At some point, we might recall that I actually came to Oxford for a purpose, and that was to learn. This was something that apparently slipped my mind, since it seems I've made gallivanting around pubs and going to tea my primary focus/occupation. Anyway, it was, I think, Tuesday of last week that I finally remembered I had a 2,000-word essay due on Friday, and a tutorial to attend. A tutorial basically consists of me sitting across a desk from a college fellow (read: really intimidatingly brilliant scholar who knows pretty much everything about the subject you're writing in) for one hour and defending the paper I've written. So. I starting having what might be considered a small panic attack (but this, as we know, is nothing new for me). I had met with my tutor once before (during which meeting we were reading aloud some quotations about Arthurian history, and he asked, "So how's your French?" He meant: my medieval French. The answer: Not good), and he had seemed nice. He judged what I already knew of Arthur and gave me a paper topic. I needed to synthesize three early versions of the Arthur legend, all written in about the 12th and 13th centuries. Cue choking here.
What was most complicated was convincing myself that I've done work like this before, and it's not any different now, even though I'm at one of the premier universities in the world. But that last part kept tripping me up. I know that I'm able to do things like this, but getting over the fact that it's Oxford is nearly impossible. You automatically feel inadequate, which I guess in the long run is a good thing (for ego and whatnot). But when you're trying to write a paper, it's really not.
So my plan of study went a little like this: spend as much time as possible in the library. And that was pretty much where it ended.
But this is not a bad thing, because if there is one thing Oxford knows how to do, it's libraries, folks. Like, I'm serious. We actually had a library orientation and received a map just of the University's libraries, so we could familiarize ourselves with the tremendous amount of resources available to us. Need the latest journal article on stem cell research? Not a problem. Need a manuscript from the 16th century? All in a day's freaking work, newbies. You literally can't want for anything with the Bodleian team behind you. Unfortunately, the New Bodleian library is closed for a few years because they're installing an elevator (read: lift) into the center of the building (apparently dropping an elevator shaft down the middle of a centuries-old structure isn't the easiest take in the world). So that means I'll just have to settle for studying in the Old Bodleian library (which is, if possible, older and cooler than the New Bod) or the Radcliffe Camera (literally here you should start envisioning Harry Potter). Or even my college's library. Or the English Faculty Library. Or any of the dozens of libraries across town. Such a shame that I have to settle like this. But I'm getting off track again.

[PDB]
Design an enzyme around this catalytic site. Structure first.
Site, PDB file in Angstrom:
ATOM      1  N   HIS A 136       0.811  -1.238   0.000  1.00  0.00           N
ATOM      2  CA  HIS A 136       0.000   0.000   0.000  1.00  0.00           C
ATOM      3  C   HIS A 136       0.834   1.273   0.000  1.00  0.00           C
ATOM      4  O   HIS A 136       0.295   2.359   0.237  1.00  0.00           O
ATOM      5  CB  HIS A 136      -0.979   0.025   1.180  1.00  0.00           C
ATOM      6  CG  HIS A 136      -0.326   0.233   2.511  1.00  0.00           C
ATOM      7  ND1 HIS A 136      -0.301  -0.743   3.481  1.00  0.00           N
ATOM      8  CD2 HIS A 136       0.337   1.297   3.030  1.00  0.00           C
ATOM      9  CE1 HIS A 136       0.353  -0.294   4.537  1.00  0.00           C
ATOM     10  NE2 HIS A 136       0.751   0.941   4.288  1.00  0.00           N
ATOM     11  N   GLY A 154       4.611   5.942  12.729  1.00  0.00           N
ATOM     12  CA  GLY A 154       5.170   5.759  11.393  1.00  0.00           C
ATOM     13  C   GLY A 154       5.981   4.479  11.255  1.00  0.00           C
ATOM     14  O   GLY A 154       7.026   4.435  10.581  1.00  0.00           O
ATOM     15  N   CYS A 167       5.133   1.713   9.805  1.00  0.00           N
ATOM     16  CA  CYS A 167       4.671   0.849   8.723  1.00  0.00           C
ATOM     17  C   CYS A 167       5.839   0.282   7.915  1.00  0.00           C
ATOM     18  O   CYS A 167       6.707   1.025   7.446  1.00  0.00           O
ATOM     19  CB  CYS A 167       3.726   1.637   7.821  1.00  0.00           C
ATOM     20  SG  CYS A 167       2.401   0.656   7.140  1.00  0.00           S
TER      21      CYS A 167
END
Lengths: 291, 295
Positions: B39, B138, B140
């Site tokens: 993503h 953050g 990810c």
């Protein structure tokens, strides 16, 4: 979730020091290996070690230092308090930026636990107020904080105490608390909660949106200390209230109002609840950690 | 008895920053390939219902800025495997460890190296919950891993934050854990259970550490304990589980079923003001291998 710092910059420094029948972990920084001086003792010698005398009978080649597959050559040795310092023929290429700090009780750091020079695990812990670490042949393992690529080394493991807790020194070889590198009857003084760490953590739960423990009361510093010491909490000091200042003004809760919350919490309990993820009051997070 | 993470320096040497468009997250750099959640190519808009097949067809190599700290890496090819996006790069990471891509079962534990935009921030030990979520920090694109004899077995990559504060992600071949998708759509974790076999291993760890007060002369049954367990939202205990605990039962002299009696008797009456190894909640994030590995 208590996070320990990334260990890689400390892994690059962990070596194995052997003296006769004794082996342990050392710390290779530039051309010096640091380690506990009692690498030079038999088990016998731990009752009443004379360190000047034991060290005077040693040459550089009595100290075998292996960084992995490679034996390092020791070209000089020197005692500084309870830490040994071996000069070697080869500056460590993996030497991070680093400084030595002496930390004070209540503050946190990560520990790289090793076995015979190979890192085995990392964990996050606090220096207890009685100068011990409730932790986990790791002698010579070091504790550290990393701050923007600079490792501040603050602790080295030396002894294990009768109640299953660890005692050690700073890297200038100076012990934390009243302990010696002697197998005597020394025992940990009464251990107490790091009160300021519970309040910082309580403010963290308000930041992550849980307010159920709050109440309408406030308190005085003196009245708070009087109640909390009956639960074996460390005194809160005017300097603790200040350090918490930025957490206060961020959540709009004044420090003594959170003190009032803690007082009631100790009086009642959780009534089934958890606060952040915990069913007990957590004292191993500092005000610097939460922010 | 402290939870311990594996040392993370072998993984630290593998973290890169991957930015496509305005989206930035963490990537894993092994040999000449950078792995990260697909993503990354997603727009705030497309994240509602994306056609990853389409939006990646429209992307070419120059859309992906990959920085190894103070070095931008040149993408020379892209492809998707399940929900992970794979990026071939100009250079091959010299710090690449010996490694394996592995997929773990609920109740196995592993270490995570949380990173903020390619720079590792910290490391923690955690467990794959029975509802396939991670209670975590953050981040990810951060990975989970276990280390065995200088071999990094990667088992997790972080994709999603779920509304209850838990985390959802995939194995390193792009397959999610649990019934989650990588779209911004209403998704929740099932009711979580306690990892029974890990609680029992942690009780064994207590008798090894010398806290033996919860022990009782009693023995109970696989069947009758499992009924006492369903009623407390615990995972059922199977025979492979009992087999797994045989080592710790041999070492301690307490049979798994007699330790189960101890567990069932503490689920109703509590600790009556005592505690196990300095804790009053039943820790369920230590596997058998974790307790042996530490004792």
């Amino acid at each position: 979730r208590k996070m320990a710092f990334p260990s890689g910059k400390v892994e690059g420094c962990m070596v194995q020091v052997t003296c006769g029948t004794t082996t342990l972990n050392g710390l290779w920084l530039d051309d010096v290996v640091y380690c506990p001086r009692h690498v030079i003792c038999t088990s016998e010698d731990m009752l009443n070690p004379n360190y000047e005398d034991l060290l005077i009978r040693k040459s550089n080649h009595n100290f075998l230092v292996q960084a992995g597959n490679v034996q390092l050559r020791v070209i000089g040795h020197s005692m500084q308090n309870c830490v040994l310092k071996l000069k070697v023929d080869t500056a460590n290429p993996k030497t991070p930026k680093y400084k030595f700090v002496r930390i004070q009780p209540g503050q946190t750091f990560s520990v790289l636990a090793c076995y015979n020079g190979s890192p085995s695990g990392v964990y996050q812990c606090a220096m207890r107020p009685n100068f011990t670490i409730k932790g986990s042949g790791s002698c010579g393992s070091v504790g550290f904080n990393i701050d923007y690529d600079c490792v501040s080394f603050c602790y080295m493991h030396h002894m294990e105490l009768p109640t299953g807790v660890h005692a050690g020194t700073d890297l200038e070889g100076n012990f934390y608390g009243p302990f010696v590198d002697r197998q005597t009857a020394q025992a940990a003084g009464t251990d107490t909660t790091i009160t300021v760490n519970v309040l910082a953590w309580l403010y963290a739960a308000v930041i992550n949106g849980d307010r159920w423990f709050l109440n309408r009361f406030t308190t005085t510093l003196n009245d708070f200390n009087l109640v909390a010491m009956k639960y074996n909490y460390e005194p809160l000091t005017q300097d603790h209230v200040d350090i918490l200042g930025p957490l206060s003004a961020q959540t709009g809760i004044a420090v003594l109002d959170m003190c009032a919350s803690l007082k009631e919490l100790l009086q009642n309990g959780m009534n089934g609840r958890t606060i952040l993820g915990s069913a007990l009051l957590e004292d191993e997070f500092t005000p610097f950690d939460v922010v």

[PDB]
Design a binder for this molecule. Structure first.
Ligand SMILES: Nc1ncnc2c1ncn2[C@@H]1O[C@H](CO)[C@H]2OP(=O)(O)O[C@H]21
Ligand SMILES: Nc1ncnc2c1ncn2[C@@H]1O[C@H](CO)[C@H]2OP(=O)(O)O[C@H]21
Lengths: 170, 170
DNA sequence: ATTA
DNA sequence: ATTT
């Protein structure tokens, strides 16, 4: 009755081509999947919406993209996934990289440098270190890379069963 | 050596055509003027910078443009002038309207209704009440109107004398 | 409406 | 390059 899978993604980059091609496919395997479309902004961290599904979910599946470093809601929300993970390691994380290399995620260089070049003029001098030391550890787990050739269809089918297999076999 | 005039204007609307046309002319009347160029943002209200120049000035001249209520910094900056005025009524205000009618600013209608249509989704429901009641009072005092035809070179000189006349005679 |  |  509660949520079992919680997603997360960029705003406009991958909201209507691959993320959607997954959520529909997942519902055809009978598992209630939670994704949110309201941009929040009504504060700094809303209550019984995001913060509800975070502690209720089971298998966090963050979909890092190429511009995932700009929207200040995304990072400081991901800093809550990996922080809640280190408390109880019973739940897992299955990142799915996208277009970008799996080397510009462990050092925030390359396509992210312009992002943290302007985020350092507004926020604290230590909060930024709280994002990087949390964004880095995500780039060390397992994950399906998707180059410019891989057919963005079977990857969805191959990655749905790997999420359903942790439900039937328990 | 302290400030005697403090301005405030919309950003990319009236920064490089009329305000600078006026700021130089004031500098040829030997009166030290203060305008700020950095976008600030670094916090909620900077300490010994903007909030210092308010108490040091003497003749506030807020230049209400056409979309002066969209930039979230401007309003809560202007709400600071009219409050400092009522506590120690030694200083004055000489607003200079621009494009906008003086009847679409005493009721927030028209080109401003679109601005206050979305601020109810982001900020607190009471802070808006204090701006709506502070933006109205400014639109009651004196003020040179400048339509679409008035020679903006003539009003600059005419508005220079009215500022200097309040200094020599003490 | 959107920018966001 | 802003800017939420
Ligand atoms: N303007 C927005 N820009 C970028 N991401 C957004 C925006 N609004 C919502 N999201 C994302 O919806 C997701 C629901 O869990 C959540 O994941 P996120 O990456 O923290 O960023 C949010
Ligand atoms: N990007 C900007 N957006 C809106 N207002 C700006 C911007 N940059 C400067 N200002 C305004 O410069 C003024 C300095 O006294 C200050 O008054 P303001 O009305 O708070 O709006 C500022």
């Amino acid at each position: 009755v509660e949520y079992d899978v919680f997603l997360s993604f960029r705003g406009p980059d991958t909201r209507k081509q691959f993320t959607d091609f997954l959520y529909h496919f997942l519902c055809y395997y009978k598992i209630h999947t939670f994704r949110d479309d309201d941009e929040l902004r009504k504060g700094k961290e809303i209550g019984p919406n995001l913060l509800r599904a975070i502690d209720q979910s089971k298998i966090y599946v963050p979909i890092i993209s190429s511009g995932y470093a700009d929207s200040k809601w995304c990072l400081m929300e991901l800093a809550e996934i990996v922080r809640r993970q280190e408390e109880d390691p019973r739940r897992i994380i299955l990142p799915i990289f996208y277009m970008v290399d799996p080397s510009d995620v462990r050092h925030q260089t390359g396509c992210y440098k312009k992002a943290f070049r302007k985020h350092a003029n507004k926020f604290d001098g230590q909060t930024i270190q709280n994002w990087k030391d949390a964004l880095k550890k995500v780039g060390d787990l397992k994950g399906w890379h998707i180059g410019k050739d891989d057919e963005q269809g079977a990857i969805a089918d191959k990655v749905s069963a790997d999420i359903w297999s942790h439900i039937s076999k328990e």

Anyway, the long and the short of it is: I finished my paper and emailed it to my tutor a day early, as per his request. Then I commenced getting steadily more nervous as the next 24 hours ebbed away. The next day, I arrived at his office twenty minutes early (because in addition to throwing off my sleep schedule, traveling to Britain has robbed me of my sense of timeliness). I decided to sit in the courtyard and review my notes, despite the fact that it was a little frigid out. I couldn't bring myself to go in before it was time. As I was flipping pages, I spotted someone in the corner of my eye rushing across the quad.
It was my tutor.
I opened my mouth like a fish. Thoughts (read: lies) like, "These aren't notes, I've memorized the three Arthur legends and I was just checking the pronunciations of 'Avalon,'" rushed to mind. I suppressed them, along with queasiness.
"Hi," he said brightly. "Five minutes. Got to eat a sandwich." He held up the alleged lunch in one hand as he continued to walk sideways toward the door.
"Oh, okay," I sputtered. Shock is a surprisingly paralyzing agent. "I'm just renewing my notes."
That's right. I said "renewing." Not "reviewing." It's fine, please laugh.
He smiled and continued to dash inside.
It was at that point that I knew I'd be fine. I actually think I giggled a little, which is horrifyingly embarrassing now. My tutor is actually a really nice man, and he was very patient with me and my first essay. He said it was "an excellent start," and gave some great comments. By about halfway through the session, I found myself having an actual conversation with him about the subject, rather than just replying to his questions. We laughed, we cried, we drank tea. Okay. It wasn't so dramatic, and we didn't quite get to braiding each other's hair, but it was a very good induction into tutorial life here.
And yes, we did actually drink tea.